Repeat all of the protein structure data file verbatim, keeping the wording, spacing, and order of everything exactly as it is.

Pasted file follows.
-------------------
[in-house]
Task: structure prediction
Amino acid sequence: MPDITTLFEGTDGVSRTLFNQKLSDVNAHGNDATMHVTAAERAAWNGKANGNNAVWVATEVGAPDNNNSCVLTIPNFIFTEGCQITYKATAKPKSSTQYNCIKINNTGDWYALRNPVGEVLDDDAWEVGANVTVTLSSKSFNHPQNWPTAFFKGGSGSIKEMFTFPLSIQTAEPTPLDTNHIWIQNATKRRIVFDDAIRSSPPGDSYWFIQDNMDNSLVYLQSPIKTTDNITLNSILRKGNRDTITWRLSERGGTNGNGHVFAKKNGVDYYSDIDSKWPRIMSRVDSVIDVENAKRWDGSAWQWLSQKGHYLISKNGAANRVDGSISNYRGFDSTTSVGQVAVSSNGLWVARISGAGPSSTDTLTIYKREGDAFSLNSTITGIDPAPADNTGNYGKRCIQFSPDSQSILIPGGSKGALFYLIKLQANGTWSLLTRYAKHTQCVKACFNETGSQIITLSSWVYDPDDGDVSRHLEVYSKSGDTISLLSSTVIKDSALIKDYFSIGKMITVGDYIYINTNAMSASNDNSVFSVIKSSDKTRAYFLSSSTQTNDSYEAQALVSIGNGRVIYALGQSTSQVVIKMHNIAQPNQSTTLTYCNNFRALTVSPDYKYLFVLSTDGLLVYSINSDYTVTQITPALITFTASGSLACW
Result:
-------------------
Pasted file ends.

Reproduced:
[in-house]
Task: structure prediction
Amino acid sequence: MPDITTLFEGTDGVSRTLFNQKLSDVNAHGNDATMHVTAAERAAWNGKANGNNAVWVATEVGAPDNNNSCVLTIPNFIFTEGCQITYKATAKPKSSTQYNCIKINNTGDWYALRNPVGEVLDDDAWEVGANVTVTLSSKSFNHPQNWPTAFFKGGSGSIKEMFTFPLSIQTAEPTPLDTNHIWIQNATKRRIVFDDAIRSSPPGDSYWFIQDNMDNSLVYLQSPIKTTDNITLNSILRKGNRDTITWRLSERGGTNGNGHVFAKKNGVDYYSDIDSKWPRIMSRVDSVIDVENAKRWDGSAWQWLSQKGHYLISKNGAANRVDGSISNYRGFDSTTSVGQVAVSSNGLWVARISGAGPSSTDTLTIYKREGDAFSLNSTITGIDPAPADNTGNYGKRCIQFSPDSQSILIPGGSKGALFYLIKLQANGTWSLLTRYAKHTQCVKACFNETGSQIITLSSWVYDPDDGDVSRHLEVYSKSGDTISLLSSTVIKDSALIKDYFSIGKMITVGDYIYINTNAMSASNDNSVFSVIKSSDKTRAYFLSSSTQTNDSYEAQALVSIGNGRVIYALGQSTSQVVIKMHNIAQPNQSTTLTYCNNFRALTVSPDYKYLFVLSTDGLLVYSINSDYTVTQITPALITFTASGSLACW
Result: